A great deal of the advice coming from ancient Chinese sources is instantly recognisable to us today. This is hardly surprising, as it’s all based on observation and sound common sense: keep hydrated, stay out of the direct sun, make sure you’re replacing salts lost through sweating, don’t allow yourself to get sunburned, wear a hat and so forth. We know all this already. However, the ancient Chinese took things a little further than we do today. They were fascinated by how the weather affected our health, especially in terms of how specific climatic conditions impacted on us. These adverse effects were called, rather quaintly perhaps, ‘the Pernicious Influences’, which really translates as the damage done to us by factors such as Cold, Damp, Wind and so on. The Chinese even went so far as to study exactly which meridians and acupuncture points might be ‘invaded’ by each Pernicious Influence – making us ill in predictable ways - and came up with protocols for how to deal with them. As an Acupuncturist I spend a lot of my time treating in this way.
Generally the UK’s location means that Wind, Cold and particularly, Damp are persistent issues. (Just ask anybody who lives on Dartmoor and also suffers from osteoarthritis!) Right now though, a cool breeze or a little bit of rain would be more than welcome I suspect. The Pernicious Influence we’re currently dealing with, obviously, is Heat.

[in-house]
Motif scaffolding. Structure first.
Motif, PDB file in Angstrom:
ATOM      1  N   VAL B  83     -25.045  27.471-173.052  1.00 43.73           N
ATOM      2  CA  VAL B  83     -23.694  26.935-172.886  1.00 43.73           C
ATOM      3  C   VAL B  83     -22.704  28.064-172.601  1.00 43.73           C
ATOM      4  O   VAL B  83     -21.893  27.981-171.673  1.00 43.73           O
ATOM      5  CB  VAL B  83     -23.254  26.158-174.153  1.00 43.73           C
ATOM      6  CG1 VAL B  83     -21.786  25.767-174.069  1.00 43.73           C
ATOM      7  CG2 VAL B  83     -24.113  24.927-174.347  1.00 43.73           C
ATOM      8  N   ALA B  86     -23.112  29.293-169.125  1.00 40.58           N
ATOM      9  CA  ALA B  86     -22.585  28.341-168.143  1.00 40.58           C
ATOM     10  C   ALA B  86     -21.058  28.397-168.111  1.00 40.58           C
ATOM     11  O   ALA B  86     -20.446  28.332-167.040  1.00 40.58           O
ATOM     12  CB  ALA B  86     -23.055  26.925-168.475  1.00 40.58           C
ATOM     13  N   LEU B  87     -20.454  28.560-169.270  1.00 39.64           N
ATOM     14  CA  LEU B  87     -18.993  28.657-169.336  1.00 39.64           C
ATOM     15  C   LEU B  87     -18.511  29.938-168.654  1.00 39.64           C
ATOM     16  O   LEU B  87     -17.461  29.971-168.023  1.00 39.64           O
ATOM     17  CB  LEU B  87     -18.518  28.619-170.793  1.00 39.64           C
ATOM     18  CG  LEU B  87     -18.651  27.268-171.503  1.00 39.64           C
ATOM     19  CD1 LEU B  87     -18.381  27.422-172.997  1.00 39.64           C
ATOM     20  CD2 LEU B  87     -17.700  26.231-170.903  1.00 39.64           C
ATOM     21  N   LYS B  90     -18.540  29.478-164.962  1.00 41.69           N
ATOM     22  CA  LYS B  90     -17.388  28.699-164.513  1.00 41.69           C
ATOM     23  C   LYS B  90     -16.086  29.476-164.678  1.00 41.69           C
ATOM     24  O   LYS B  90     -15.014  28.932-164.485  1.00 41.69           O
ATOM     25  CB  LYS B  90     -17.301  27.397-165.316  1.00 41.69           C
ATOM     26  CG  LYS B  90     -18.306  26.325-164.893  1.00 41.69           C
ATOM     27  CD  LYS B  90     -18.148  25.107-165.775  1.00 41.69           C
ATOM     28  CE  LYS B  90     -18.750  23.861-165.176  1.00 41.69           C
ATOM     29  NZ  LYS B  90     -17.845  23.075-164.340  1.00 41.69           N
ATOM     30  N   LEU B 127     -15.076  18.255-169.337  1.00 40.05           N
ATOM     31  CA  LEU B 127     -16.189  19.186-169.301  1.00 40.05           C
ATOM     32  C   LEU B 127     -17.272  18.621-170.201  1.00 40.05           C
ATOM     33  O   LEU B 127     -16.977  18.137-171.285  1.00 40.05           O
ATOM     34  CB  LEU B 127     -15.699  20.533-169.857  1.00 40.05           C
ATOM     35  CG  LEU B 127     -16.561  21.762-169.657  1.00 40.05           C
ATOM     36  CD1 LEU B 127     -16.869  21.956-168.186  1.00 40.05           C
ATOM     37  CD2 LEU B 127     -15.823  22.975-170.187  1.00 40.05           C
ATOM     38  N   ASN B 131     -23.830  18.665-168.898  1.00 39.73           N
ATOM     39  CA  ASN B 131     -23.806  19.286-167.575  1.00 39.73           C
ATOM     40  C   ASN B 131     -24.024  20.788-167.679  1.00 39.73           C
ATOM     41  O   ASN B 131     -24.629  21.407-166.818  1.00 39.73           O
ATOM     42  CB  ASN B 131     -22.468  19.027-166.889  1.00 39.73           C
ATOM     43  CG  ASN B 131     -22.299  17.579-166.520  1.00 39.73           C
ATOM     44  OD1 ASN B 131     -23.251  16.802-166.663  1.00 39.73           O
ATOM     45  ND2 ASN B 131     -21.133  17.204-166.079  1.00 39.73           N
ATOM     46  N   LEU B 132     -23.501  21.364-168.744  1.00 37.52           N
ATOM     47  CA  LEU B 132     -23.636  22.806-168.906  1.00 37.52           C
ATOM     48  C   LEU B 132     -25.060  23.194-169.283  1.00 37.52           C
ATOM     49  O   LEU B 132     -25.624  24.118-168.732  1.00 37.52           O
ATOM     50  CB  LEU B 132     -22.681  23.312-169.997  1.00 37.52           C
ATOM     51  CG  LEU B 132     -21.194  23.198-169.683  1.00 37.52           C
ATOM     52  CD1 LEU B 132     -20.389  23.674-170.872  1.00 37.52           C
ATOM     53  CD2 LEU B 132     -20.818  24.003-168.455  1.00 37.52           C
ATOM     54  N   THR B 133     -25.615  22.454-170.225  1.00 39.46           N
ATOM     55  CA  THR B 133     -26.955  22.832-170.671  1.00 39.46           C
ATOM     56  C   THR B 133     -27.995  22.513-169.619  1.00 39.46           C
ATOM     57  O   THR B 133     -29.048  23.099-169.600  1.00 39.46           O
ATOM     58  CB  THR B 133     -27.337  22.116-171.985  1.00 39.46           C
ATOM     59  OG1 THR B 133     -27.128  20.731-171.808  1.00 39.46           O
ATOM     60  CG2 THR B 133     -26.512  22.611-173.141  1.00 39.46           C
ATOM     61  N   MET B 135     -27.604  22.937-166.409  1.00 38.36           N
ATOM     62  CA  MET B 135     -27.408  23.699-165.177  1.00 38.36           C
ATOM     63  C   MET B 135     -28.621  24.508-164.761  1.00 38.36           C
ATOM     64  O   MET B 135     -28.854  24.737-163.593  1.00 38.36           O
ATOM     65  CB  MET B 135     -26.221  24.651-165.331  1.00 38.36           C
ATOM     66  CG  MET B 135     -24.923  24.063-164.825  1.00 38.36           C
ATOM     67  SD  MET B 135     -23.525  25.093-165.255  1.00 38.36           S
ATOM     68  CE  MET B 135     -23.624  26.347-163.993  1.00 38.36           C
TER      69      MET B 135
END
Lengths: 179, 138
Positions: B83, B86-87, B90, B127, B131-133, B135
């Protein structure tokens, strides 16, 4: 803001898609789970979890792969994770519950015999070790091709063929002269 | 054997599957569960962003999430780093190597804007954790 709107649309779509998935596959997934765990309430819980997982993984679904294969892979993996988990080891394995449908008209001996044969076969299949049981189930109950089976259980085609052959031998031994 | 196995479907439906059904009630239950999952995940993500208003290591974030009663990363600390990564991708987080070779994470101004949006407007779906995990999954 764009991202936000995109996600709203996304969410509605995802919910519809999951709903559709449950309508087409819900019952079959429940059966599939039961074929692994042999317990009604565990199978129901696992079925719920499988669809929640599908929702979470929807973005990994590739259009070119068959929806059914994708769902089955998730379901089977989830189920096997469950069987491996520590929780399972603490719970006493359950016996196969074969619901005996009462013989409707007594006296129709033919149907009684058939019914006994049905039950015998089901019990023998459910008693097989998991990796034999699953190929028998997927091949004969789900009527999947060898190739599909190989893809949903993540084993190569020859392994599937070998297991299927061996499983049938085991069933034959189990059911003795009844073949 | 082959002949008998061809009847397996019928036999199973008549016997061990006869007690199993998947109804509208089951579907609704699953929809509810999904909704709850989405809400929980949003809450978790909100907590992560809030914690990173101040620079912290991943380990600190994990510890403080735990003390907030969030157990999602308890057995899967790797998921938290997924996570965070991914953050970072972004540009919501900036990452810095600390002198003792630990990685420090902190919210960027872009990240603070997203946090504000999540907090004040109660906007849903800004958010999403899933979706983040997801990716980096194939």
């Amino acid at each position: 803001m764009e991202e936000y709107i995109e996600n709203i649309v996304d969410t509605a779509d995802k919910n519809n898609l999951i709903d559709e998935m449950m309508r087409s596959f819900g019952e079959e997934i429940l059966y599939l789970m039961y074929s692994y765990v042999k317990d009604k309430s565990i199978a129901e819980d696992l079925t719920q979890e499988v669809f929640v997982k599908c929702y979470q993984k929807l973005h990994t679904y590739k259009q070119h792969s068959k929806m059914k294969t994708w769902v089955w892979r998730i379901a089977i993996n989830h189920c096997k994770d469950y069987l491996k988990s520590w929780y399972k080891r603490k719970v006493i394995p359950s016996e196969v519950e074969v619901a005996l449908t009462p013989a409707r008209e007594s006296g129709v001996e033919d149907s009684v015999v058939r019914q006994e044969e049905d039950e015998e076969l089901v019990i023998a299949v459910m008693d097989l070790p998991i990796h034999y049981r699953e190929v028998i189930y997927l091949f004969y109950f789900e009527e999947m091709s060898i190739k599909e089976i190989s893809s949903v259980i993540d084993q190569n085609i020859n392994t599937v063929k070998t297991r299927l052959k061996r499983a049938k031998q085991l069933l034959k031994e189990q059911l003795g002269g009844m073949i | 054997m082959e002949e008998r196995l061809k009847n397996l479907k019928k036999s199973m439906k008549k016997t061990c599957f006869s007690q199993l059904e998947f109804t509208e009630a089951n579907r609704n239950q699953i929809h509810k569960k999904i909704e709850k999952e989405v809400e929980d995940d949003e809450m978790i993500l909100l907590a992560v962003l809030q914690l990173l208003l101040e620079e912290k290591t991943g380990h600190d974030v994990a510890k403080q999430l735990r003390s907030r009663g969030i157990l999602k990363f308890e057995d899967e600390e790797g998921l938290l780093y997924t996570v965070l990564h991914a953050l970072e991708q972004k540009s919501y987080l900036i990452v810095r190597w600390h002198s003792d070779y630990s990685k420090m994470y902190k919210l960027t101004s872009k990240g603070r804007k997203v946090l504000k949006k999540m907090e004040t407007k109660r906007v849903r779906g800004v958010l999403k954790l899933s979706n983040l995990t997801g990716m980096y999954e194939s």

So apart from basic measures such as the ones I’ve listed above, what else can be done?
A lot of it comes down to diet. We naturally gravitate to ‘cooling’ foods anyway: some raw cucumber might seem appealing to us today, but might be far less so on a snowy January morning, for example. However with a little knowledge we can refine this natural tendency to adjust our diets according to the weather.
‘Cooling’ foods are good right now, clearly, but one has to exercise caution. Too cold, and a food or drink can play havoc with your digestive enzymes, (or Stomach Chi, as an Acupuncturist might say). So anything straight out of the chiller or the icebox is potentially detrimental. If you’re putting ice cubes in your drinks, or taking a salad out of the fridge, please do let them warm up a little bit. (I’m not suggesting you let them get lukewarm, just never super-chilled, even when this might feel pleasant).
Then there are ‘cooling’ foods that we might not have considered. For example, green tea. ‘Ordinary’ tea (black tea) has a warming effect, and in China and Japan is often taken only in Autumn and Winter. Green tea, however, is cooling. In Japan especially, cold (but not too cold!) green tea is used as a refreshing and health giving summer drink. Camomile, peppermint and elderflower teas or cordials have similar qualities.